Hey there, time traveller!
This article was published 14/2/2013 (1435 days ago), so information in it may no longer be current.
Saskatchewan has the potential for a heavy runoff this spring, but it’s too soon to say whether that will translate into flooding downstream in Manitoba.
Earlier this week, Saskatchewan’s Water Security Agency announced there is a possibility of above normal spring runoff in most portions of the upper Assiniboine River, Qu’Appelle River and upper Souris River basins, all of which drain into the lower Assiniboine River in Manitoba. The prediction was based upon above average precipitation this winter as well as above-average moisture within the Saskatchewan snowpack.
Those factors alone, however, do not necessarily translate into flooding, which also is affected by factors such as soil moisture, water levels at freeze-up and the rate of snowmelt.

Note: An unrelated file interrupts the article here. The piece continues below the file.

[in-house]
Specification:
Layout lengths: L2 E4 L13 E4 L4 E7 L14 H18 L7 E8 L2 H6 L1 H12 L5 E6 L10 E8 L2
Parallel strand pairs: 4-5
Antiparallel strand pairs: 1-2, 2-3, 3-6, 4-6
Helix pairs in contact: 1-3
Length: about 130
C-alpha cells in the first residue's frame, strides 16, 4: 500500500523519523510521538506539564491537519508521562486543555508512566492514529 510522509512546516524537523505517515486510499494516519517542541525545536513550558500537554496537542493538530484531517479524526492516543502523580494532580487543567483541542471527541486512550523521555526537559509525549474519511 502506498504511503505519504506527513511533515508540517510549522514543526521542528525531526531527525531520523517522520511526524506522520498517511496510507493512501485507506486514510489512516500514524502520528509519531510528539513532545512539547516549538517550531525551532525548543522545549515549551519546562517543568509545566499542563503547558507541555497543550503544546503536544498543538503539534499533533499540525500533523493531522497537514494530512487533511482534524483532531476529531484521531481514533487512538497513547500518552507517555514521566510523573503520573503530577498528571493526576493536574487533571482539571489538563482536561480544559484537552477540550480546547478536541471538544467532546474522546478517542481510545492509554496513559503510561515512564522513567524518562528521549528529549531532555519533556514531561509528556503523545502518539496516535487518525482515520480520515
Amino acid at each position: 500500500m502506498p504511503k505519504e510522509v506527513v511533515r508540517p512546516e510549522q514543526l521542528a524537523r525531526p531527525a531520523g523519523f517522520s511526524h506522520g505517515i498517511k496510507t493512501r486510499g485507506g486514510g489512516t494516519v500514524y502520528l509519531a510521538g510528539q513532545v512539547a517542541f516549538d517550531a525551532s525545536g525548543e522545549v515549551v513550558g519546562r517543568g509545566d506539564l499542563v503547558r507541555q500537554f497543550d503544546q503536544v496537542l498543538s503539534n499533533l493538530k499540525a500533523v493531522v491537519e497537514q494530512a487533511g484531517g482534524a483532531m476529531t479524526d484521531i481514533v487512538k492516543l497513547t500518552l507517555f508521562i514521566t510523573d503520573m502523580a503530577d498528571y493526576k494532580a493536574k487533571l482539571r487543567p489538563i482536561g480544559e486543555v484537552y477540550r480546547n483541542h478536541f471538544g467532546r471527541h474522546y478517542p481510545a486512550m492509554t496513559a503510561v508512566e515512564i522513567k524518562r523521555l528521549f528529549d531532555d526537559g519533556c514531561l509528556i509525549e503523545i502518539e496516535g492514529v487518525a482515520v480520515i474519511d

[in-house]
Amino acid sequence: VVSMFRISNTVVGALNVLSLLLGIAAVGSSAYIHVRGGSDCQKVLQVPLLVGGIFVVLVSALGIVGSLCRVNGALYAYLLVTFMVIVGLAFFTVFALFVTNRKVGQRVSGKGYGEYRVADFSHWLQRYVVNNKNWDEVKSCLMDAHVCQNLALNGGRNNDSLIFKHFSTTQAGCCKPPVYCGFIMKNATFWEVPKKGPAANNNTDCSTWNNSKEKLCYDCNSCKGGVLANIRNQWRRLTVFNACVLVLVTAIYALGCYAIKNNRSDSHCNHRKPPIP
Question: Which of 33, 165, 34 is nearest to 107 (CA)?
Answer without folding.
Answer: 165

"The Water Security Agency is paying close attention to these factors and will assess the situation as we approach spring," the agency announced.
In Manitoba, soil moisture levels were low during the fall and river levels ranged from average to below average. The Red River in Winnipeg, for example, sits at normal winter ice levels.
Manitoba will issue its first flood forecast before the end of February, said provincial spokesman Paul White. But the province has already started preparing for high flows on the upper Assiniboine River by releasing water from Shellmouth Reservoir, also known as Lake of the Prairies.
Water from this release will affect properties along the upper Assiniboine and will reach Winnipeg within two weeks, but may not affect water levels in the city at all, thanks to the low levels on the lower Assiniboine and the higher channel capacity along the lower portion of its course.
Manitoba experienced widespread spring flooding in 2011, but the mild winter the following year led to a relatively dry 2012.